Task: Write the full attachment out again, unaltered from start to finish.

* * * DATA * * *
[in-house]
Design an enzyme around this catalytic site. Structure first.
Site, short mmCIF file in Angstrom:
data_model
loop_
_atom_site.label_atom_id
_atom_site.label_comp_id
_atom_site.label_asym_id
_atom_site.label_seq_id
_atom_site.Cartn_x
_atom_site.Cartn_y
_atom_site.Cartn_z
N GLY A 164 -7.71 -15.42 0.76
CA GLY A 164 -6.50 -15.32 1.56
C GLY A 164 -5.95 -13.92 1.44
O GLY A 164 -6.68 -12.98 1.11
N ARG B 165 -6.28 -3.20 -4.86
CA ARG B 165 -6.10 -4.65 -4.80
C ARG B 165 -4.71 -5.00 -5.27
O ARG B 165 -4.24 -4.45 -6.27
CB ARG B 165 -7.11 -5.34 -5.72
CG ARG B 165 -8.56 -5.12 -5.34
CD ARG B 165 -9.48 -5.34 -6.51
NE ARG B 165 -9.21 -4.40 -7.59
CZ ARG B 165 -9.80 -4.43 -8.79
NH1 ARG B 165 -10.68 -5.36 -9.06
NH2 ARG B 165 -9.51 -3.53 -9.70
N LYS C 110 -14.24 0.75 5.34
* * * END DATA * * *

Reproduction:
[in-house]
Design an enzyme around this catalytic site. Structure first.
Site, short mmCIF file in Angstrom:
data_model
loop_
_atom_site.label_atom_id
_atom_site.label_comp_id
_atom_site.label_asym_id
_atom_site.label_seq_id
_atom_site.Cartn_x
_atom_site.Cartn_y
_atom_site.Cartn_z
N GLY A 164 -7.71 -15.42 0.76
CA GLY A 164 -6.50 -15.32 1.56
C GLY A 164 -5.95 -13.92 1.44
O GLY A 164 -6.68 -12.98 1.11
N ARG B 165 -6.28 -3.20 -4.86
CA ARG B 165 -6.10 -4.65 -4.80
C ARG B 165 -4.71 -5.00 -5.27
O ARG B 165 -4.24 -4.45 -6.27
CB ARG B 165 -7.11 -5.34 -5.72
CG ARG B 165 -8.56 -5.12 -5.34
CD ARG B 165 -9.48 -5.34 -6.51
NE ARG B 165 -9.21 -4.40 -7.59
CZ ARG B 165 -9.80 -4.43 -8.79
NH1 ARG B 165 -10.68 -5.36 -9.06
NH2 ARG B 165 -9.51 -3.53 -9.70
N LYS C 110 -14.24 0.75 5.34